Important information: The value of investments and the income from them, can go down as well as up, so you may get back less than you invest.

Many of us have an idea of the role bonds can play in a well-diversified portfolio but have been put off them by the past decade’s low yields, inflation fears, and relative complexity of the asset class. Bonds can be daunting.

Indeed, since 2008 low interest rates have increasingly pushed yield-hungry investors up the risk scale towards defensive ‘bond proxy’ equity income.

However, with expectations of reliable income streams severed by recent cuts to companies’ dividends, and with many investors looking for further diversification opportunities to shield against ongoing volatility, now may be a good time to think about bringing bonds back into your portfolio.

Richard Woolnough manages the M&G Optimal Income Fund and the M&G Corporate Bond Fund. With both occupying places on our Select 50 choice of favourite funds, our analysts believe they are two of the best options available.

Optimal Income Fund

Through his stewardship of these two funds, Woolnough has established himself as one of the market’s foremost bond fund managers. Both portfolios benefit from his 33 years of experience in fixed income and one of Europe’s largest teams of credit analysts.

Optimal Income is a flexible bond fund, with a ‘go anywhere’ strategy granting its manager freedom to invest wherever he sees the best opportunities to deliver both income and capital growth.

At least 50% of the fund must be invested in bonds of any credit quality, including bonds representing consumer debt in things like car loans.

Investing across credit quality means Woolnough can opt for lower-risk investment grade bonds, issued by companies that are considered unlikely to default, or branch out into high yield bonds, where credit risk is higher, but so too are returns.

The fund is also unique in allowing its manager to invest up to 20% of the fund in company shares if he feels they are better positioned to deliver on his aims than bonds.

This flexibility allows Woolnough to scour the entire income space to provide ‘optimal’, uncorrelated income streams which remain unavailable to most other bond funds.

Corporate Bond Fund

For cautious investors looking to bonds to provide reliable income or to add another dimension to portfolio diversification, the Corporate Bond Fund is perhaps a good place to start.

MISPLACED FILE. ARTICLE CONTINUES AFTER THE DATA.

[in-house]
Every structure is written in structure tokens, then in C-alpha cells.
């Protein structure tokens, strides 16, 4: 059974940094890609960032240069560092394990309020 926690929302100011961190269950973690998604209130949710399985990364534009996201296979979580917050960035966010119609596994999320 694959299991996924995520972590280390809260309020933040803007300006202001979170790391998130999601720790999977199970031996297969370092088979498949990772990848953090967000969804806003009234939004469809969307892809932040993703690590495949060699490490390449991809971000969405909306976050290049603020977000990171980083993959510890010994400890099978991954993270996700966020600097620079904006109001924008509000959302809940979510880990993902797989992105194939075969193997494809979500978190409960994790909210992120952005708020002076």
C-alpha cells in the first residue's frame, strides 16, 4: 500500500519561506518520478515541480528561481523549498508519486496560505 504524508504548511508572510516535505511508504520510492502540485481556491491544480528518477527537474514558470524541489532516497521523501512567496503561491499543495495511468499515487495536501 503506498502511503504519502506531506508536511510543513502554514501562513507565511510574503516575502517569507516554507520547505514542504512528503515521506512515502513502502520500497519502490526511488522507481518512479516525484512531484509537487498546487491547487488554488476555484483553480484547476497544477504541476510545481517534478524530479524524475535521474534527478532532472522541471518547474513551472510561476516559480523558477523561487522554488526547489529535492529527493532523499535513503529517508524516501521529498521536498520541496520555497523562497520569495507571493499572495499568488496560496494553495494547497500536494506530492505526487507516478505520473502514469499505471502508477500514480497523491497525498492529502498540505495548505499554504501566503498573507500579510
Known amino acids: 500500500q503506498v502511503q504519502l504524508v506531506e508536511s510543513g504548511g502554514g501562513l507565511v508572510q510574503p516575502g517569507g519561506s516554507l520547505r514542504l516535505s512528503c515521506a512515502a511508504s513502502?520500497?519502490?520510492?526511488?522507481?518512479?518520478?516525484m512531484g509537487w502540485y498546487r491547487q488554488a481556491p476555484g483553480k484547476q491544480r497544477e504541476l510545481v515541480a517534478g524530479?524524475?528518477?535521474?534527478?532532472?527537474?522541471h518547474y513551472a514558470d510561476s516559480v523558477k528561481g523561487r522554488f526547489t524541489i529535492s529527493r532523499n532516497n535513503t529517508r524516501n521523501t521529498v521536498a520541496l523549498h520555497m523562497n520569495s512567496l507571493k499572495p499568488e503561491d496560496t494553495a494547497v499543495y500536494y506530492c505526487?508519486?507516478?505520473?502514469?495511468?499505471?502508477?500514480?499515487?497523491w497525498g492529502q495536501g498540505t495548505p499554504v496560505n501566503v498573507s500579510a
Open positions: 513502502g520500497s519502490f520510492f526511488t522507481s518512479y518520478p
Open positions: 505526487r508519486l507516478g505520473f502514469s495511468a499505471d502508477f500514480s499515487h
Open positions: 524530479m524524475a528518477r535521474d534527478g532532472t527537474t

Like the Optimal Income Fund, Woolnough aims to provide a combination of capital growth and income. As the name suggests, however, this fund is tightly focused on corporate bonds, setting it apart from Optimal Income.

At least 70% of the portfolio must be invested in investment grade bonds, with exposure to high yield bonds limited to 5%. These allocations keep credit risk low and, as such, assurance of returns higher.

Driving his credit selection process is the belief that corporate bond markets are influenced by a variety of factors, ranging from broad macroeconomic movements to individual company-level changes. As such, Woolnough and his team of credit analysts adopt both ‘top-down’ and ‘bottom-up’ investment styles. They also look to diversify across sectors and geographies to manage credit and interest rate risk.

Currently, Woolnough is carefully observing market volatility to help inform his investment decisions. He is optimistic, as bonds begin to bounce back from the initial lows of the COVID crisis, foreseeing an ‘enormous’ surge in growth to come once lockdowns end.

Whatever the rest of this year and beyond holds, investors in these two bond funds can rely on one of the most experienced heads in fixed income to guide them through. If you’re interested in exploring more of our Select 50 bond funds, you can find an overview here.

More on M&G Optimal Income Fund

More on M&G Corporate Bond Fund

Important information: Investors should note that the views expressed may no longer be current and may have already been acted upon. There is a risk that the issuers of bonds may not be able to repay the money they have borrowed or make interest payments. When interest rates rise, bonds may fall in value. Rising interest rates may cause the value of your investment to fall. Due to the greater possibility of default an investment in a corporate bond is generally less secure than an investment in government bonds. These funds use financial derivative instruments for investment purposes, which may expose the funds to a higher degree of risk and can cause investments to experience larger than average price fluctuations. Overseas investments will be affected by movements in currency exchange rates. Select 50 is not a personal recommendation to buy or sell a fund. This information is not a personal recommendation for any particular investment. If you are unsure about the suitability of an investment you should speak to an authorised financial adviser.

Topics covered

BondsFunds; Interest rates

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